To pay homage to an inspirational woman such as Josephine Baker was a daunting prospect, and something I put off for a while. Not only because of who she was in terms of the history of dance, show biz, and her relevance in black culture but also the political statement of the piece.
Firstly I needed to bring together all the elements of the act. The right music, the correct moves and, of course, the persona. I enlisted the help of a dear friend and the head of the Bees Knees, Aliya Floyd. Her expertise in Charleston and the popular dance moves of the time were perfect in what was needed to make a true salute to Josephine. Naturally, I studied her range of facial expressions as well, which I feel is her signature – and a whole piece of choreography within itself.
London, 9 August, 1967. At the height of his short-lived fame, Joe Orton – anarchic playwright and cause célèbre of the English theatre – is found murdered at 25 Noel Road, Islington, his brains bashed in by his long-term lover and one-time collaborator Kenneth Halliwell. Divided in life by Orton’s hard-won success as a writer, the two are forever united in death when Halliwell savagely bludgeons Orton with a hammer then takes a fatal dose of sedatives.
…and see you in 2018!
Righteousness is never pretty, and it tends to often respond after the fact. The fallen hero, or at least the figure shrouded in mystery, is suddenly found to be a creature of ill repute, tarnished, and therefore, in need of emotional and psychic exile. Works, and the man, need to vanish.
Such a figure is Donald Friend, advertised on the chat show circuit in Australia as the country’s greatest paedophile artist. (He has been regarded as the finest of figurative draughtsmen.) The title is, in a sense, a typical introduction to what is an old confusion: is the art of an immoral, criminal artist to be treated as its creator?
Now, you want to know how many years in jail your collection of internet pornography is worth. Of course you do. (Your dead-wood porn is quite safe. Nobody has been prosecuted for having feelthy postcards since Pontius was a pilot; it’s all internet stuff these days.) I am here to tell you.
What connects Madonna, the latest Wonder Woman film, Halle Berry, 80’s boy band Bros, fashion designer Tommy Hilfiger, photographer Herb Ritts, Cher, Hussein Chalayan, Alexander McQueen and Pop artist Allen Jones? Whitaker Malem.
I was never really one for comic books. Both of my brothers would read them avidly: everything from Marvel comics to Manga, but personally I found them boring and stereotypical. Even as a child, I could see that their representations of characters, especially female ones, were unrealistic. Wonderwomen with tits like artillery shells, virginal Lois Lanes – they all seemed entirely geared towards men and their desires, masquerading as action comic heroines. Of course, there were powerful women within them – Captain Marvel and Black Widow to name but a couple. But despite all their super strength and heroic aura they were still drawn with the sort of overtly sexual features that men find sexually titillating.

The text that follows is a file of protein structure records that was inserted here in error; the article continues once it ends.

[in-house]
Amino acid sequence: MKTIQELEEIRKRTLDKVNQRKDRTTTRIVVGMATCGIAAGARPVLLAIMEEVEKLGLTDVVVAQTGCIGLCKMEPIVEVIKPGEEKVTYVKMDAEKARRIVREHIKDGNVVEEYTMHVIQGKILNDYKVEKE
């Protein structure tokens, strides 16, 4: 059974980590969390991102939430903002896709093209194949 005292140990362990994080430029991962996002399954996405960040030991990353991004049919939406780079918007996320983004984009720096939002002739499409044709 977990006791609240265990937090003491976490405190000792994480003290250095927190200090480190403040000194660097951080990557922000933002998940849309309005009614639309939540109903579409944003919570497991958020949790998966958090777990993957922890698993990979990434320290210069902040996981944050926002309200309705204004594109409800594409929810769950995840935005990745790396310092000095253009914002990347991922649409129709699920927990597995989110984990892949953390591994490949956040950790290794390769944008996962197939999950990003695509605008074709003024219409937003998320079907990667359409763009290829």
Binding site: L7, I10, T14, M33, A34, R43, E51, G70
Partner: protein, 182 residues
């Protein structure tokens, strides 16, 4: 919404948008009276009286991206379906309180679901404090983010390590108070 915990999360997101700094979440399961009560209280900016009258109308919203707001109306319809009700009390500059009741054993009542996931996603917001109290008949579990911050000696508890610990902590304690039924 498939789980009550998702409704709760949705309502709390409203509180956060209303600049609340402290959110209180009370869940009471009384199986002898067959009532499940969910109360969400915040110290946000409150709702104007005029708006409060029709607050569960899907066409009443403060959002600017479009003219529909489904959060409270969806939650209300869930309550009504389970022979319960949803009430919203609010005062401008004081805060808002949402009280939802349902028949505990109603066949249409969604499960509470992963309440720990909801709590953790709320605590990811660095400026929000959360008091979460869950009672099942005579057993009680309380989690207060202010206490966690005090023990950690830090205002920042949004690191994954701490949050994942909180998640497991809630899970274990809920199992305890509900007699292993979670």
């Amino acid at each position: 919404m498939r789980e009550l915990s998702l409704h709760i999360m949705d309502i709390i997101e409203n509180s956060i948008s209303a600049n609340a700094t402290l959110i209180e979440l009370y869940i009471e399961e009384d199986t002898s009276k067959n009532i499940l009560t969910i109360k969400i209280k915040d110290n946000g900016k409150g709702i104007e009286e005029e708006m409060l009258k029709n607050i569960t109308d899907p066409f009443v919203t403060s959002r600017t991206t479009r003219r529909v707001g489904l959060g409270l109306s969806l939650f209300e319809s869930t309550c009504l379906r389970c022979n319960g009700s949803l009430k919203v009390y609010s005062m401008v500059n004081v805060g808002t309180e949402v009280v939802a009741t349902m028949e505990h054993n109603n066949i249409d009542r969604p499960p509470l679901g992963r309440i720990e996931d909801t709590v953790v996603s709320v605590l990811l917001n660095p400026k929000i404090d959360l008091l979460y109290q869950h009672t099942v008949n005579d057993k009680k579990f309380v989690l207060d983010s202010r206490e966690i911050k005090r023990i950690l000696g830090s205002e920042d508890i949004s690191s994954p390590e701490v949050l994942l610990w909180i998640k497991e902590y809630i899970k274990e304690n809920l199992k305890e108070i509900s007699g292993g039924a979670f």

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It’s not a bad life playing piano in a smart restaurant. That is if you like playing the piano better than working in an office. You need to be tolerant. Public taste is predictable but your repertoire has to cover a wide range of mood and sentiment; especially if you take requests. Also, you have to balance being impressive enough to command respect and unobtrusive enough not to fuck up the conversations.
I’d fetched up in Savannah after my concert career led me to near starvation. In a classy eatery with a decent piano, I was guaranteed at least one square meal a day and time out mornings and afternoons to give music lessons or stay in bed. I liked Savannah. It had enough tourists and well-heeled locals to support a clientele year round.
It was never too late for a first time. That’s what Lacy thought.
After a few days in Montreal, the strangeness of this new, foreign city no longer overwhelmed her. She loved hearing people speak in French as they drank espresso and nibbled chocolate croissants in cafes. Even the parking signs were a glorious challenge that made her double-check if she was following the city rules or not. Promoted at work six months earlier, she traveled one week every month. Conferences in Boston, advertising pitches in Seattle, or now in Montreal, as part of a special digital media panel at McGill College.
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Abigail Ekue’s Bare Men is showing for the first time outside of her native New York. We take a second look at her work. Why? Because we love it and we just can't get enough of it…
Bare Men continues to challenge hegemonic notions of masculinity in a way that is both assertive yet nurturing, capturing the beauty of the male body but also the strength, playfulness, and tenderness of spirit. The result is at times touching, at others, highly erotic. It is always thought provoking.
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DESIRE: FROSTRUP & EROTIC REVIEW
100 of literature’s sexiest stories, chosen by Mariella Frostrup and the Erotic Review.
Strict mistresses, naughty maids, handsome gardeners and disarming strangers; literature is awash with love, sex and desire. This collection brings together 100 of the best examples, hand-picked by Mariella Frostrup and the Erotic Review.
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